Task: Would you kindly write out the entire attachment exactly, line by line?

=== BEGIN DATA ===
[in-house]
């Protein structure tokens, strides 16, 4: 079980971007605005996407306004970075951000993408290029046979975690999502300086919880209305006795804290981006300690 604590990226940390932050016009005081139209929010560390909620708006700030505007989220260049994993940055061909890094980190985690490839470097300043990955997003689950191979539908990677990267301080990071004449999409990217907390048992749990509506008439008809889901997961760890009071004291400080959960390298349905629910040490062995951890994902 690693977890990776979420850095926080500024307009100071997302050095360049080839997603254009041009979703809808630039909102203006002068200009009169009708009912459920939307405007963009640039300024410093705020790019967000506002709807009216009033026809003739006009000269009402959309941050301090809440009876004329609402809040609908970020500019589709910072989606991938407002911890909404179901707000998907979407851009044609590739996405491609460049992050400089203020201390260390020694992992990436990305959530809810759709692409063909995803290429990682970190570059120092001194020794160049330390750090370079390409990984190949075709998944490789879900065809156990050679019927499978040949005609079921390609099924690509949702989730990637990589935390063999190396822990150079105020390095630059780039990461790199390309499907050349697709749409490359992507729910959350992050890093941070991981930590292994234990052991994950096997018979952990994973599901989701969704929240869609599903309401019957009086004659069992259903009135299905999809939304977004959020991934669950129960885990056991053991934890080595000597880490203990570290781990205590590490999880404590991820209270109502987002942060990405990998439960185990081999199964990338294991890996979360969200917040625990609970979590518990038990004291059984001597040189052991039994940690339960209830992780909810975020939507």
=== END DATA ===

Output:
[in-house]
């Protein structure tokens, strides 16, 4: 079980971007605005996407306004970075951000993408290029046979975690999502300086919880209305006795804290981006300690 604590990226940390932050016009005081139209929010560390909620708006700030505007989220260049994993940055061909890094980190985690490839470097300043990955997003689950191979539908990677990267301080990071004449999409990217907390048992749990509506008439008809889901997961760890009071004291400080959960390298349905629910040490062995951890994902 690693977890990776979420850095926080500024307009100071997302050095360049080839997603254009041009979703809808630039909102203006002068200009009169009708009912459920939307405007963009640039300024410093705020790019967000506002709807009216009033026809003739006009000269009402959309941050301090809440009876004329609402809040609908970020500019589709910072989606991938407002911890909404179901707000998907979407851009044609590739996405491609460049992050400089203020201390260390020694992992990436990305959530809810759709692409063909995803290429990682970190570059120092001194020794160049330390750090370079390409990984190949075709998944490789879900065809156990050679019927499978040949005609079921390609099924690509949702989730990637990589935390063999190396822990150079105020390095630059780039990461790199390309499907050349697709749409490359992507729910959350992050890093941070991981930590292994234990052991994950096997018979952990994973599901989701969704929240869609599903309401019957009086004659069992259903009135299905999809939304977004959020991934669950129960885990056991053991934890080595000597880490203990570290781990205590590490999880404590991820209270109502987002942060990405990998439960185990081999199964990338294991890996979360969200917040625990609970979590518990038990004291059984001597040189052991039994940690339960209830992780909810975020939507």